To celebrate the end of the Term 1, the children in Science Club have been learning about the laws of motion and gravity using a fun (if a little nerve-racking) egg-dropping experiment.
The small but mighty scientists spent the past two weeks in small groups designing and engineering a contraption that would prevent an egg from breaking when dropped from a high place.
On the day of the egg drop the students couldn’t wait to put their apparatus to the test, with many hardly able to contain their excitement as they entered the classroom.
But before the fun could begin the club’s facilitator, IGS Alum and prac teacher Pepita Iocco-Catt (2016), took the opportunity to remind students about the purpose of the exercise, and that trial and error is an essential and inescapable part of scientific research.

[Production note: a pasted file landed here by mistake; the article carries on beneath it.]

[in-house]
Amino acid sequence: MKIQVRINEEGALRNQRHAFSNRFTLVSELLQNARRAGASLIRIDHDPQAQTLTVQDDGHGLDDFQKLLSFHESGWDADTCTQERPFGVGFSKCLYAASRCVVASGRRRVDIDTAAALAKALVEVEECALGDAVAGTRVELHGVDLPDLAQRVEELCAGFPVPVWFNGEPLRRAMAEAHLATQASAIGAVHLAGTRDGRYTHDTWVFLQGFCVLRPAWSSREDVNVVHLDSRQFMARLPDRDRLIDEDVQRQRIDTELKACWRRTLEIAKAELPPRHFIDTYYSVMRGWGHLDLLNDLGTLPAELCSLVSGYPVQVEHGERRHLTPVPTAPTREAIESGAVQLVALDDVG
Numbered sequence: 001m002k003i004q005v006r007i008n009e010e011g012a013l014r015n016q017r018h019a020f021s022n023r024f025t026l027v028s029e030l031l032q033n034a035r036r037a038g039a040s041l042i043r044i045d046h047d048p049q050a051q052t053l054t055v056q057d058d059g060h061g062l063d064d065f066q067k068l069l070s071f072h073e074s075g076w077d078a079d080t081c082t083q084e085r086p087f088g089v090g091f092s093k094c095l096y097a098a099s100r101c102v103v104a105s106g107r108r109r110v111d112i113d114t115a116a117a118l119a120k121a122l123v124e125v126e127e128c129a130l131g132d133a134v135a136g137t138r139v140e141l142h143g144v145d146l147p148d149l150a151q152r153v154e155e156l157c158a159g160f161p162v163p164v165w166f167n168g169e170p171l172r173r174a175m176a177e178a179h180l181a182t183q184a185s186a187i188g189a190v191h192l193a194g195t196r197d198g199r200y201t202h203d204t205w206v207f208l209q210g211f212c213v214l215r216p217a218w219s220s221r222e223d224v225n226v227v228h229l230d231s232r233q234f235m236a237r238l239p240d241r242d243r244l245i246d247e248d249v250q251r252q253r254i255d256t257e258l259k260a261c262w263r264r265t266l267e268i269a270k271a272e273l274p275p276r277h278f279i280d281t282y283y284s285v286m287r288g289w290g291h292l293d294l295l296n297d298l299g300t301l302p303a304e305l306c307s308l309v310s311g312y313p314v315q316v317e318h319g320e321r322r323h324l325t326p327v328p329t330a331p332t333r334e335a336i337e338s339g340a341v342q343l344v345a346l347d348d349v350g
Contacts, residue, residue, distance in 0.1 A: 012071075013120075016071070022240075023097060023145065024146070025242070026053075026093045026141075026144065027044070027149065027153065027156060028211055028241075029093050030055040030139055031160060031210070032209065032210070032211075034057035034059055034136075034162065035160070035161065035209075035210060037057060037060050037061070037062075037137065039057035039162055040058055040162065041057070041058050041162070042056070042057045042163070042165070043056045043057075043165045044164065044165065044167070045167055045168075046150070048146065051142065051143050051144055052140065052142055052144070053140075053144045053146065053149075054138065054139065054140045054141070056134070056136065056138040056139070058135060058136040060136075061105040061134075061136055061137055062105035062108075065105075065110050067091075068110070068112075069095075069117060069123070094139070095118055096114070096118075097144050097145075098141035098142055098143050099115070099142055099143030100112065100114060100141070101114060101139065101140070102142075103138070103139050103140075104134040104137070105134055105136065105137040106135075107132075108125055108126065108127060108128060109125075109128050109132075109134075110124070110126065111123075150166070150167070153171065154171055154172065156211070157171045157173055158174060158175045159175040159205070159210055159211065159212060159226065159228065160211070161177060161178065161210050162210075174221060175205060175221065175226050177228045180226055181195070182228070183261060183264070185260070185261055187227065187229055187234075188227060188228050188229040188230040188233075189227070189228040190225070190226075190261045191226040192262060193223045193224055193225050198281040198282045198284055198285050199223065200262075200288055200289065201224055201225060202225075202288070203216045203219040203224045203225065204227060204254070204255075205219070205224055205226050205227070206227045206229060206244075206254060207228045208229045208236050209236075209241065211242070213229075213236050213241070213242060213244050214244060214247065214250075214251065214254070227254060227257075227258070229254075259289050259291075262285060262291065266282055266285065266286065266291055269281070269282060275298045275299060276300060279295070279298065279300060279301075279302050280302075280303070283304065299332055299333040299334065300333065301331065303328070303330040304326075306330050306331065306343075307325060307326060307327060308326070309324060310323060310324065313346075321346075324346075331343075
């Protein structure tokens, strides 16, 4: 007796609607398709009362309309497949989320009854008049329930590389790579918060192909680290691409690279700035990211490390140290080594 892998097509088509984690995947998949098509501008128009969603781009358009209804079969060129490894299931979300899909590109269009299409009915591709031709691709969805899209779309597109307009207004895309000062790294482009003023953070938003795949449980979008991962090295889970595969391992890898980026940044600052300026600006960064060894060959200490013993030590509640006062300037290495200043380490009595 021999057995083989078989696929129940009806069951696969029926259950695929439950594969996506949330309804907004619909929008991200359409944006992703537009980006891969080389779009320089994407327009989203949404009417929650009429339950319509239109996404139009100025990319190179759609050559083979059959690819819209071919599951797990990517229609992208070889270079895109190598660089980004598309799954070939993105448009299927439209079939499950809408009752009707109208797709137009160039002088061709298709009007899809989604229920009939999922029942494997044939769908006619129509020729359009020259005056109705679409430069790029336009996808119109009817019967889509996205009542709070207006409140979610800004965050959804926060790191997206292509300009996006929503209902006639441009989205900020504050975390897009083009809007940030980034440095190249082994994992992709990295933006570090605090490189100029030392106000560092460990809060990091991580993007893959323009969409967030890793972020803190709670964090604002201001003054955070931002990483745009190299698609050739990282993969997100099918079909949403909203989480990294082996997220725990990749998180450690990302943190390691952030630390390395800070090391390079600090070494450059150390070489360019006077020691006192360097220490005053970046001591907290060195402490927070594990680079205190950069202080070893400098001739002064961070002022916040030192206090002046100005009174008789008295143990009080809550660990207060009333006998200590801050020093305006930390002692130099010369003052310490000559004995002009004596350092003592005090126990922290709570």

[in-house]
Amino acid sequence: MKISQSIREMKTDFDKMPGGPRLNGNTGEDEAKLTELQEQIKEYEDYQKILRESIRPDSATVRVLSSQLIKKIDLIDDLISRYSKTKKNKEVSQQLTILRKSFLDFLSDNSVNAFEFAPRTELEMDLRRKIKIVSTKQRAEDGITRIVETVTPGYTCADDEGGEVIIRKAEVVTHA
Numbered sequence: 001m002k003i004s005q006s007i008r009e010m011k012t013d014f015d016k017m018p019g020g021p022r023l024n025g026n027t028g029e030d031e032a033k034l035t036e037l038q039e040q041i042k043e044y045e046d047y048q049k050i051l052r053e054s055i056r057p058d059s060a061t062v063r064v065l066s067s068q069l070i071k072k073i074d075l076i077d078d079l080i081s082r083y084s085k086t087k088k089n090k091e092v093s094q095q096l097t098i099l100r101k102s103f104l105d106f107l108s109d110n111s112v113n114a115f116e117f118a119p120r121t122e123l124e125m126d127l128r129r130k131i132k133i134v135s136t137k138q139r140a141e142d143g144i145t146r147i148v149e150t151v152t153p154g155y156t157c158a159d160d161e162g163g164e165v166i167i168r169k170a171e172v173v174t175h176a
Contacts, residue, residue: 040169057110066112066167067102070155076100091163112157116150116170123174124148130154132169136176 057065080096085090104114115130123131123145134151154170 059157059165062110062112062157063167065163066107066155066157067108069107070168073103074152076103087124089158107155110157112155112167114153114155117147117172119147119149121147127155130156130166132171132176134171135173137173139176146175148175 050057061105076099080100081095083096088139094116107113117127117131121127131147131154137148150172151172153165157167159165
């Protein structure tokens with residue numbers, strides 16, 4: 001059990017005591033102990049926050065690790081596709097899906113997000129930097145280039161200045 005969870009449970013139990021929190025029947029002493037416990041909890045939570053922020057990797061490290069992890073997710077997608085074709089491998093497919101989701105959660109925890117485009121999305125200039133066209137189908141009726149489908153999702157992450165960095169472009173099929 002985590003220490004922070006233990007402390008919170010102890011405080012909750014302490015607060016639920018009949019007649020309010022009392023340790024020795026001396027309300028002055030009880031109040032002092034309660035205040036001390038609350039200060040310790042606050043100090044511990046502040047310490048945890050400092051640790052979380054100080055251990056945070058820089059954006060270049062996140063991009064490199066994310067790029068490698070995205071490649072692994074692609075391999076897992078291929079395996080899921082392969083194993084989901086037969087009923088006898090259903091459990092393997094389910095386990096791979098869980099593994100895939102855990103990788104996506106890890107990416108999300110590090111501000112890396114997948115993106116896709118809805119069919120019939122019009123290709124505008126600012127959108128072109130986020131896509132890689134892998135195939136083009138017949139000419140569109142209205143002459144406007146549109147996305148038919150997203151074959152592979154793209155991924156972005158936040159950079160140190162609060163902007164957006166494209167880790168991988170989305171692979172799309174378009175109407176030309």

“If your egg breaks, it doesn’t mean you have failed.
“As scientists, we must observe, measure, hypothesise, and then test. Of course, that hypothesis is sometimes wrong. And when it is, scientists go back, observe more, get new measurements, come up with a new hypothesis, and test again and again.”
Armed with this attitude of courage and curiosity each group took turns dropping their eggs, with impressive results.
Only three of the nine groups’ eggs cracked, thanks to their cleverly designed contraptions that used everything from sponges to cushion the fall, to balloons and cellophane that acted as parachutes, slowing down each egg’s descent.
When the students looked inside the cup and found an intact egg after the drop, the entire classroom erupted in cheers.
“I am really proud of all of the students, not only for their work today but for their mature attitudes and how they have worked all term,” said Pepita.
When asked why she enjoyed Science Club Year 3 student Ivy put it best saying, “It’s fun! We get to make things, learn new things and be creative.”
A truly egg-cellent endorsement!